Traders implore shoppers not to panic
DON'T panic! That is the message from shopkeepers in Woodbridge who are urging shoppers to ''keep calm'' and carry on as normal during the recession.
That is the message from shopkeepers in Woodbridge who are urging shoppers to ''keep calm'' and carry on as normal during the recession.
In scenes reminiscent of the Second World and then the hugely popular television series Dad's Army eye-catching red posters are being displayed in the town's shops.
They say, ''Keep calm and carry on.''
The initiative has been led by Barrett's furniture shop where the owner, Raymond Morley, admitted yesterday he was fed-up with negative publicity flooding through the country.
- 1 Historic former pub with permission to convert into homes set for auction
- 2 Ipswich Town installed as early League One title favourites
- 3 GALLERY: 'Stunning' turnout as Hadleigh Show returns after enforced break
- 4 5 new places to eat and drink in Woodbridge this year
- 5 Man dies after being found unresponsive in Sudbury river
- 6 Excitement builds as Suffolk Show venue wakes up
- 7 Mike Bacon: Luke Woolfenden.... going nowhere, going everywhere
- 8 Homes destroyed after blaze breaks out in terraced housing
- 9 'We're blown away' - Classic car show visits care home after roadworks setback
- 10 'I keep selling out' - Mum-of-two dreams of fudge shop as business thrives
Mr Morley is asking the public to keep positive and confident, and he said: ''I got the idea from a friend of mine. There were posters during the war asking people to stay calm and try and be normal, and I think we need something like that.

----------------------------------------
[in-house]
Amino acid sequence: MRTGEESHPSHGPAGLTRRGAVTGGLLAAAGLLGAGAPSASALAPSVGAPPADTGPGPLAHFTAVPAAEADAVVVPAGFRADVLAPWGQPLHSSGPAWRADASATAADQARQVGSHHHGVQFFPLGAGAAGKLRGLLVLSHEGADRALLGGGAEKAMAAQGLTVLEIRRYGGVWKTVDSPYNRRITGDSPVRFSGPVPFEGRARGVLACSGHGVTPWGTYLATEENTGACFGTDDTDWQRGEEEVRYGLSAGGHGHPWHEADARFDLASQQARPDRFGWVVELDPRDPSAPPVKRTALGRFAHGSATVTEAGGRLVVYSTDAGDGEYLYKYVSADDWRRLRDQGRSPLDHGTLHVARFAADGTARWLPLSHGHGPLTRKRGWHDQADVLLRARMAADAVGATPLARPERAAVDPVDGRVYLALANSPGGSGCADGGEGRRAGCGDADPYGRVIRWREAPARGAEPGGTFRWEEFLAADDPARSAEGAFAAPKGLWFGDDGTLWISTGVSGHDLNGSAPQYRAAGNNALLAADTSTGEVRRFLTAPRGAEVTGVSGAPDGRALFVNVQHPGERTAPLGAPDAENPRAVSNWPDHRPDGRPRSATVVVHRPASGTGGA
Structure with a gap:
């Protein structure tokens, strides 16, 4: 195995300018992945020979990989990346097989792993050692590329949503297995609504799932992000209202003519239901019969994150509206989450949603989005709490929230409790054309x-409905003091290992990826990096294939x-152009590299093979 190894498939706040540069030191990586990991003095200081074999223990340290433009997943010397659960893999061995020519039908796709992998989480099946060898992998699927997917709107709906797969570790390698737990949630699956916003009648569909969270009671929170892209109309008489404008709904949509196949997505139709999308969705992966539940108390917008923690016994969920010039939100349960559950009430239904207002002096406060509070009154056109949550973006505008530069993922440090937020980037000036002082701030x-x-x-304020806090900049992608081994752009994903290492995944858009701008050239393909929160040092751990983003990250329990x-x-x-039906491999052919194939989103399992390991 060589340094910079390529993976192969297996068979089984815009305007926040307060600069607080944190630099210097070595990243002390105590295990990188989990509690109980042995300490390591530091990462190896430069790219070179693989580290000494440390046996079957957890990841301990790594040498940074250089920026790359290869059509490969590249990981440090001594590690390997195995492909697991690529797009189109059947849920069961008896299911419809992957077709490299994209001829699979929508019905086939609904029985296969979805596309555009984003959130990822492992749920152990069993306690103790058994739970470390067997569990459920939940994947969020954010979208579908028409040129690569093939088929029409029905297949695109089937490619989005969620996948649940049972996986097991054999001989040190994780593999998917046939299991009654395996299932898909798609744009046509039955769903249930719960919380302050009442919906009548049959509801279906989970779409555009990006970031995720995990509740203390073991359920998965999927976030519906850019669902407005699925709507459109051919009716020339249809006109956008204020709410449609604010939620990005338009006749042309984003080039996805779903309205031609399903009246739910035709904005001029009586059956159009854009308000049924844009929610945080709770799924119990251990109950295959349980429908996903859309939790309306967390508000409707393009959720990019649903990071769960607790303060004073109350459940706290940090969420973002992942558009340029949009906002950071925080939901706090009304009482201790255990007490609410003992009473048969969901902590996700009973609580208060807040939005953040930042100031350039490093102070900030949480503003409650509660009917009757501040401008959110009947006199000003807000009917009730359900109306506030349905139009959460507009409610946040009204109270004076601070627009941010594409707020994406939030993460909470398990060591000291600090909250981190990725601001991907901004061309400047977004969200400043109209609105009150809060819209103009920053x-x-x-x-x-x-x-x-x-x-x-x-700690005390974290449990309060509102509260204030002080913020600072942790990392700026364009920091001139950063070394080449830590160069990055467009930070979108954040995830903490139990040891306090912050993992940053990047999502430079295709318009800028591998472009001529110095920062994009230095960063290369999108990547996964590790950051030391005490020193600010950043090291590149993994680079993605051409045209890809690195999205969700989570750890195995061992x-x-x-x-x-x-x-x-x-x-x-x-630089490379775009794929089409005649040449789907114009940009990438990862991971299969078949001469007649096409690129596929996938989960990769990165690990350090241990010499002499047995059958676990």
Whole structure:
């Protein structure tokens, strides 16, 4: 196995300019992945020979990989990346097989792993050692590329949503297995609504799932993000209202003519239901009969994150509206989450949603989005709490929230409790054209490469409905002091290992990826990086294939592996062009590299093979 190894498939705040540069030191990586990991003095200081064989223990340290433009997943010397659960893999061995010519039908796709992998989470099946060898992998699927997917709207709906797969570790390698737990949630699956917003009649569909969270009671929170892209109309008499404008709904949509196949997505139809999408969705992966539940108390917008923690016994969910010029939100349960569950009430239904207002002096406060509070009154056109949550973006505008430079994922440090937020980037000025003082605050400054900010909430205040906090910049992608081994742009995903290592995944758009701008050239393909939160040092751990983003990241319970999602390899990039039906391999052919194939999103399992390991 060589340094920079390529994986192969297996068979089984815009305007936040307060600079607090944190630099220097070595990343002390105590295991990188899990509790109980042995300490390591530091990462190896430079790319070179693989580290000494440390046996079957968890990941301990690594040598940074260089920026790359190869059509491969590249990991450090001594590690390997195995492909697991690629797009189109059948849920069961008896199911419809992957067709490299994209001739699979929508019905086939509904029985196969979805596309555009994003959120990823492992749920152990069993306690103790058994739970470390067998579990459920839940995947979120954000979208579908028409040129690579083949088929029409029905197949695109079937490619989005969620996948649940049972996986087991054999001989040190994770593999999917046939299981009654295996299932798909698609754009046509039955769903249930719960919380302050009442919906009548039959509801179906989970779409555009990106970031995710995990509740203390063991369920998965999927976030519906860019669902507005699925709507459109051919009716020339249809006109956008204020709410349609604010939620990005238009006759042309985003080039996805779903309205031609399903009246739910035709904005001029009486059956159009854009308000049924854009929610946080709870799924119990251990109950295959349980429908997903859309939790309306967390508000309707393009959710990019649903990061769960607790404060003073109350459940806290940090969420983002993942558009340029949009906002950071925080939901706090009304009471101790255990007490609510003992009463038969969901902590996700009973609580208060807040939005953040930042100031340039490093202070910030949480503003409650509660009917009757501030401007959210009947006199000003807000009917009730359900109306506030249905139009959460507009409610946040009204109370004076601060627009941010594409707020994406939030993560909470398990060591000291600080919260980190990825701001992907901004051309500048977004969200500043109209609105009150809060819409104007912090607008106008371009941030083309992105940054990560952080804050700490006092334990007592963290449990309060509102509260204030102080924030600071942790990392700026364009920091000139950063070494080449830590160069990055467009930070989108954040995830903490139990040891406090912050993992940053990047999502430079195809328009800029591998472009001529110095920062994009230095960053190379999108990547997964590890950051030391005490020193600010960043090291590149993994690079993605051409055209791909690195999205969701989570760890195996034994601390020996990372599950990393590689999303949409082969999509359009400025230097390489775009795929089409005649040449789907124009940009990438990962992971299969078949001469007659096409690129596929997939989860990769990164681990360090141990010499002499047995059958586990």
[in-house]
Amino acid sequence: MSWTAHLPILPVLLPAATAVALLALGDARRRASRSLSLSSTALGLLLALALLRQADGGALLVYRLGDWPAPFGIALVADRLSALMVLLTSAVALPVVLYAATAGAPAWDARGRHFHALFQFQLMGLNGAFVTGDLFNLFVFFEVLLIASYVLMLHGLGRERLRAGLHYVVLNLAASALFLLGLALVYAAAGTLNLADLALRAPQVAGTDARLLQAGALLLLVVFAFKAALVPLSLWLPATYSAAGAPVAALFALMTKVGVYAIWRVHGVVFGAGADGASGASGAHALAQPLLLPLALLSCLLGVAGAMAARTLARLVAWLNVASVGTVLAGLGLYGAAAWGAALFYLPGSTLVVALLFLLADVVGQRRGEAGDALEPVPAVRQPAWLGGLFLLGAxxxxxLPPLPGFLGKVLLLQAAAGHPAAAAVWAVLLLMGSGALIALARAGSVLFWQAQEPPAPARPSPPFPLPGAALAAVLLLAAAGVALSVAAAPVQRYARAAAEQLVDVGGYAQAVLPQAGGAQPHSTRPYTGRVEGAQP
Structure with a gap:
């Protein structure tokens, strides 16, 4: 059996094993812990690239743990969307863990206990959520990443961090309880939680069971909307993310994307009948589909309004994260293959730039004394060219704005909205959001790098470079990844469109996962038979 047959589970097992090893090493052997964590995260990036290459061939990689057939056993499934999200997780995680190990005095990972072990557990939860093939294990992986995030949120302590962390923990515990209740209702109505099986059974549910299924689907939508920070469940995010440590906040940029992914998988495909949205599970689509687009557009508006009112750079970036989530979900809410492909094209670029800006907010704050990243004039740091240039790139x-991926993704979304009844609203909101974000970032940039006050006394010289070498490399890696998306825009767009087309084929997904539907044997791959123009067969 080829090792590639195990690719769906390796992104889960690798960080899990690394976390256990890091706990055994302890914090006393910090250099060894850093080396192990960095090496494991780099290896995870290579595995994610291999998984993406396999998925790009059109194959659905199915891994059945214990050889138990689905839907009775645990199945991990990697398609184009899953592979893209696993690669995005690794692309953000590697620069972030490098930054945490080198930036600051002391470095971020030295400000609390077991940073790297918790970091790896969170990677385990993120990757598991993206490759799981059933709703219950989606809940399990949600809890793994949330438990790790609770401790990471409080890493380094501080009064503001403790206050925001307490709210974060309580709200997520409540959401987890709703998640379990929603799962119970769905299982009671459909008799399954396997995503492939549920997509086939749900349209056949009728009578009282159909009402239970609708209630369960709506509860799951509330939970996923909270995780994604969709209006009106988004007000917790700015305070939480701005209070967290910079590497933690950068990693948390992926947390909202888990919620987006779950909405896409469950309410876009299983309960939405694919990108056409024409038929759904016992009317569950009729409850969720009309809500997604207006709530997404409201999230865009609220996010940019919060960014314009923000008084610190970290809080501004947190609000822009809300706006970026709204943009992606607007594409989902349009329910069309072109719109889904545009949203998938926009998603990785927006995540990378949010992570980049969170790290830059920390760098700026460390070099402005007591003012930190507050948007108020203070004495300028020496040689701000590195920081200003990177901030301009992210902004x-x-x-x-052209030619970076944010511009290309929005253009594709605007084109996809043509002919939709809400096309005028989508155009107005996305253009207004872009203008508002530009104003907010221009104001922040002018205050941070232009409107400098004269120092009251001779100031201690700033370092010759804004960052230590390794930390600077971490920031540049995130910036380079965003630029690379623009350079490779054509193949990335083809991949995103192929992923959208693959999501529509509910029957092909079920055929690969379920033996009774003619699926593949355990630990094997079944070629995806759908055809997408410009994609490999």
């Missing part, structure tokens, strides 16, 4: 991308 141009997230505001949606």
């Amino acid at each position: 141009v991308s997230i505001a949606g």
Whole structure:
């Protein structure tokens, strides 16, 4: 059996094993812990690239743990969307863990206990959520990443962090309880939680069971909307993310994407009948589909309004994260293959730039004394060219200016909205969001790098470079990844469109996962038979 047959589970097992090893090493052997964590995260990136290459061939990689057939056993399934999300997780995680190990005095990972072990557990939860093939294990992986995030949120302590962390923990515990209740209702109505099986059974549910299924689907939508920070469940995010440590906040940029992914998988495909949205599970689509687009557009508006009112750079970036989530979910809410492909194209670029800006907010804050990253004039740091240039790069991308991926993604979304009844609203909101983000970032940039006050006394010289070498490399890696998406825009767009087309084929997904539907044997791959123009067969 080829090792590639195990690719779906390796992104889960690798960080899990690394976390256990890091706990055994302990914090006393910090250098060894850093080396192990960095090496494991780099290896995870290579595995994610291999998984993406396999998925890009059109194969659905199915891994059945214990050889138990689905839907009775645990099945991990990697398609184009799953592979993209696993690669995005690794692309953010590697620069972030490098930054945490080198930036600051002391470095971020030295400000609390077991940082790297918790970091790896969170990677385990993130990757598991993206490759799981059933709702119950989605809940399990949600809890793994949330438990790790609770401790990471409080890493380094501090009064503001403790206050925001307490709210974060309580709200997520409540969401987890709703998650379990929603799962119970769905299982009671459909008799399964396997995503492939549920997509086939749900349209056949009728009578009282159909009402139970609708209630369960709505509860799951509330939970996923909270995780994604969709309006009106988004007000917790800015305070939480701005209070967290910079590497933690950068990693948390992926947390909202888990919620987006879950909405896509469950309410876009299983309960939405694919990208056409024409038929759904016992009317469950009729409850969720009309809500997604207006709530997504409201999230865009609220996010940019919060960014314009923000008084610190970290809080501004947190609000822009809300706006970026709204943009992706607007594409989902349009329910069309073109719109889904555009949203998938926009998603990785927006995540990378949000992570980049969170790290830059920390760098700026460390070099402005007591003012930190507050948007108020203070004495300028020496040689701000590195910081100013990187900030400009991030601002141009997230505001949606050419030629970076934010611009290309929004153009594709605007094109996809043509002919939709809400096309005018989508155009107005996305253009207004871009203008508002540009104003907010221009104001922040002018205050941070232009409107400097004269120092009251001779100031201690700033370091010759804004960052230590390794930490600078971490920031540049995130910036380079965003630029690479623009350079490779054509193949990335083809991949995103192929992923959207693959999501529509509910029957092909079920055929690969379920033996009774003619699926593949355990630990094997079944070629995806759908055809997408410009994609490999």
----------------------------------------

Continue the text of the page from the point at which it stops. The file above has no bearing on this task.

''We have had a lot of people smiling at the poster and coming in to see us.
''They think it is a great idea and I want to fight back against all the doom and gloom. Our shop is doing fairly well but my biggest concern is that we have a staff of 15, who have mortgages and children, and they do not deserve to be crushed underfoot by greedy bankers.''
Mr Morley is delighted that other shops want to display the posters and he was praised for his campaign by Marion Wells, the town centre coordinator.
Dr Wells said: ''This is a brilliant idea. We want people to keep smiling in Woodbridge where we have such a wonderful group of shopkeepers and offer a personal service.''
Many shopkeepers gathered at Barretts yesterday to talk about trading patterns in the town and Jan Smith, of Adams Apple clothes shop, said: ''We have a very reliable customer base in Woodbridge who carry on shopping regardless.
''People need to keep optimistic and not to pay too much attention to what the media say.''
Carol Cole, of Carma Boutique, said she wanted shoppers to realise that they must ''use us or lose us.''
She added: ''I just feel that if shops look after their customers, offer them something different than other towns, then they will look after you. We provide good quality and an individual service.''
Another campaign promoted in Woodbridge is called Real Shopping Choose Woodbridge in which the in-depth knowledge and passion of the independent retailers is highlighted.